Based on national data on fatal crashes in the United States during 2013, police reported that 2,959 of the 44,574 drivers involved in fatal crashes were distracted; 427 of these drivers were coded as using a cellphone. National Highway Traffic Safety Administration. 2015. Distracted driving 2013. Report no. DOT HS-812-132. Washington, DC: U.S. Department of Transportation. However, these statistics almost certainly underestimate the role of distraction in fatal crashes. Police crash reports aren't a reliable way to count cellphone-related collisions because drivers often don't volunteer that they were on the phone and there is usually a lack of other evidence to determine drivers' phone use. Plus, the codes for reporting distractions on police crash reports vary from state to state.

    In an in-depth study of a nationally representative sample of police-reported crashes occurring during 2005-07 and involving at least one vehicle towed from the scene, drivers and witnesses were interviewed at the crash scene to examine the role of driver inattention and other pre-crash factors. Based on these interviews, police reports and other information, conversing with a passenger was estimated to be a factor in about 16 percent of the crashes, focusing on another occupant or object in the vehicle in about 5 percent, using a cellphone (talking, dialing, hanging up or text messaging) in about 3 percent, and eating or drinking in about 2 percent. Singh, S. 2010. Distracted driving and driver, roadway, and environmental factors. Report no. DOT HS 811-380. Washington, DC: National Highway Traffic Safety Administration. Although this study attempted to identify pre-crash events, it still is likely that the estimates of distraction are imprecise as they rely heavily on the accounts of drivers and observers.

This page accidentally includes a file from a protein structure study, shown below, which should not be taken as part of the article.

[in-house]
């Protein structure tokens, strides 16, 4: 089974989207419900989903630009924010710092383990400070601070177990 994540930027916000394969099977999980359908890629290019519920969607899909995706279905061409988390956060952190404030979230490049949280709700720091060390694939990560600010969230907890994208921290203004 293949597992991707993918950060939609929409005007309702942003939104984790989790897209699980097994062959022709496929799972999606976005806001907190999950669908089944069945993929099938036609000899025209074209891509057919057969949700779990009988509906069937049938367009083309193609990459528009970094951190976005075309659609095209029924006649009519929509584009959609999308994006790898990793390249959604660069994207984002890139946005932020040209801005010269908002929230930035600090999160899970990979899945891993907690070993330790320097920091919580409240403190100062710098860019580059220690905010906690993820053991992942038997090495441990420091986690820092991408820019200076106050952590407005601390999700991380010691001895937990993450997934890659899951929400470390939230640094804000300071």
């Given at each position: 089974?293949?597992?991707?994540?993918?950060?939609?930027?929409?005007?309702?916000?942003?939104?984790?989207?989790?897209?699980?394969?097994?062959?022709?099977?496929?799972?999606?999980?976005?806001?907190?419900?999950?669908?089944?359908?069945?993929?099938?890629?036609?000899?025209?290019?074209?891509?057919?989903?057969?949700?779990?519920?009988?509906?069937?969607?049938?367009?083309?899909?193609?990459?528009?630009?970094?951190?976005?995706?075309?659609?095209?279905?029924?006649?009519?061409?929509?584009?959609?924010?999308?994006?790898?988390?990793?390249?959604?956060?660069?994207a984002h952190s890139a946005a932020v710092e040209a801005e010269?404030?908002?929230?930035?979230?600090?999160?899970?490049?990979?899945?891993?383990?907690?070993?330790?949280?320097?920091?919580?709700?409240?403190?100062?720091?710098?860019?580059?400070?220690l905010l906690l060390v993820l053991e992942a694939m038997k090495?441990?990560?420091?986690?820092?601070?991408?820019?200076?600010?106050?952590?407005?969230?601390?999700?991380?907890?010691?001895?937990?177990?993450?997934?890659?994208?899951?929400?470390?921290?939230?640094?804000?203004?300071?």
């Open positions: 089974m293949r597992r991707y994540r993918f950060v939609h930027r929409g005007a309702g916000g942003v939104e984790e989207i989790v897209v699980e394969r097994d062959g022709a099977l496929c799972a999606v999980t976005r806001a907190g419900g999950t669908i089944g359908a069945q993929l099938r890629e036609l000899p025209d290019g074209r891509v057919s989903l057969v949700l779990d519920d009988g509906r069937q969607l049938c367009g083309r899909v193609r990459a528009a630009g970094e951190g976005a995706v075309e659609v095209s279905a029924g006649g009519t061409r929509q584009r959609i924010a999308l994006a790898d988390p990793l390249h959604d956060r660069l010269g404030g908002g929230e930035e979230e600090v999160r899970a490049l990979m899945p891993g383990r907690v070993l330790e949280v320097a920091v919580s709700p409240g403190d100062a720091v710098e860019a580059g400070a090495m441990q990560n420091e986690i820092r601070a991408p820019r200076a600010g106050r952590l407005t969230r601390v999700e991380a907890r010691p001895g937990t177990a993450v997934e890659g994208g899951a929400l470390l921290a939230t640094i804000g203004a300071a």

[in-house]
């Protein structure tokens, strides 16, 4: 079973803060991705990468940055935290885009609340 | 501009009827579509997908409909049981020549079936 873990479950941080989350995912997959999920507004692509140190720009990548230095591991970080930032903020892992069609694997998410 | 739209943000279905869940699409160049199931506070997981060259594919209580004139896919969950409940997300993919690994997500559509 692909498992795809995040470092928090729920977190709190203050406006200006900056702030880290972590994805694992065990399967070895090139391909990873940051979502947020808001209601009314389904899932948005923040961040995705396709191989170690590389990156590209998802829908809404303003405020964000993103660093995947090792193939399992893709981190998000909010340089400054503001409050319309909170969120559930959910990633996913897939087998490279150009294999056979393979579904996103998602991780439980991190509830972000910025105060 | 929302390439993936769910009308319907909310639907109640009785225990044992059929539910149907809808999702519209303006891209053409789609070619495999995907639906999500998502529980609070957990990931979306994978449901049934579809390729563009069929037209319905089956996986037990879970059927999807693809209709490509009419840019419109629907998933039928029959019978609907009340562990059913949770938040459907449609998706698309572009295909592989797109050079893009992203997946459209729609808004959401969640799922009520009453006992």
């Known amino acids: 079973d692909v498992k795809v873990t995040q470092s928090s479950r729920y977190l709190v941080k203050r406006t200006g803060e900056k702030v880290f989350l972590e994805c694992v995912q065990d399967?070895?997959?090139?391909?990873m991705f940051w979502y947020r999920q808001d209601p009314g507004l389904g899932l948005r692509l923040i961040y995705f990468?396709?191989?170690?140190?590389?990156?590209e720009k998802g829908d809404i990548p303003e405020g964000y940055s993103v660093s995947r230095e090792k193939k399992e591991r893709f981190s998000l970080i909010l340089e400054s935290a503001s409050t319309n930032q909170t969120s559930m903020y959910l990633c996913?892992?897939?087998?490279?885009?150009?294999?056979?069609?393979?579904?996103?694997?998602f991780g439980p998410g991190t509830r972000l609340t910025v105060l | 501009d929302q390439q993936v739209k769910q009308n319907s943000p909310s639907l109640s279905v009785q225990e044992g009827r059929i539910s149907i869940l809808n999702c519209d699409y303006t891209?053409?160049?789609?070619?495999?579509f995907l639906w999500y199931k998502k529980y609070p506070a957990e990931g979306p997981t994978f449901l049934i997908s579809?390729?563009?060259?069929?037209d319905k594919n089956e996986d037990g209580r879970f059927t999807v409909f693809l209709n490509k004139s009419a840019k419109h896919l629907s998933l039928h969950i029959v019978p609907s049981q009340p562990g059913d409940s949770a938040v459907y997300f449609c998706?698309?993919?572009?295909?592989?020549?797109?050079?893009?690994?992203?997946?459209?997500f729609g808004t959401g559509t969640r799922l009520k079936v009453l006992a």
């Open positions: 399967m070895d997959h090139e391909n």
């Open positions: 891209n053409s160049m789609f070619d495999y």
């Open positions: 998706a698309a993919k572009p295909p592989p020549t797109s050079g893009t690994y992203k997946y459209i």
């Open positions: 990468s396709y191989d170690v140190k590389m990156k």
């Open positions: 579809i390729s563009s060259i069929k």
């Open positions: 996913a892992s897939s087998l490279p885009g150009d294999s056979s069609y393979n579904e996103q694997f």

5. How do cellphone use and texting affect driving performance?

    The effect of cellphone use on driving performance has been extensively researched. Based on an Institute review of cellphone and driving research, nearly all experimental studies using driving simulators or instrumented vehicles reported that some measures of driver performance were affected by the cognitive distractions associated with cellphone tasks. McCartt, A.T.; Hellinga, L.A.; and Braitman, K.A. 2006. Cell phones and driving: review of research. Traffic Injury Prevention 7(2):89-106. Statistical analyses that aggregated the results of 33 studies in one analysis and 23 studies in another reported significant delays in drivers’ reaction time but small or no effect of cellphone conversations on lane keeping, speed or following distance. Caird, J.K.; Willness, C.R.; Steel, P.; and Scialfa, C. 2008. A meta-analysis of the effects of cell phones on driver performance. Accident Analysis and Prevention 40(4):1282-93. Horrey, W.J. and Wickens, C.D. 2006. Examining the impact of cell phone conversations on driving using meta-analytic techniques. Human Factors 48(1):196-205.

    A recent analysis aggregating the results of 28 experimental studies using driving simulators or instrumented vehicles reported that typing or reading text messages significantly slowed reaction time, increased lane deviations and increased the length of time drivers looked away from the roadway. Caird, J.K.; Johnston, K.; Willness, C.; Asbridge, M.; and Steel, P. 2014. Synthesis of text messaging and driving performance. Accident Analysis and Prevention 71:311-18.

    Cellphone use also affects how drivers scan and process information from the roadway. Drivers generally take their eyes off the roadway to dial or manipulate a hand-held phone. In contrast, drivers engaged in cellphone conversations and other forms of cognitive distraction tend to concentrate their gaze toward the center of the roadway, Recarte, M.A. and Nunes, L.M. 2000. Effects of verbal and spatial-imagery tasks on eye fixations while driving. J. Exp. Psychol. Appl. 6(1):31-43. Recarte, M.A. and Nunes, L.M. 2003. Mental workload while driving: effects on visual search, discrimination, and decision making. J. Exp. Psychol. Appl. 9(2):119-37. Reimer, B.; Mehler, B.; Wang, Y.; and Coughlin, J. F. 2012. A field study on the impact of variations in short-term memory demands on drivers’ visual attention and driving performance across three age groups. Human Factors 54(3):454-68.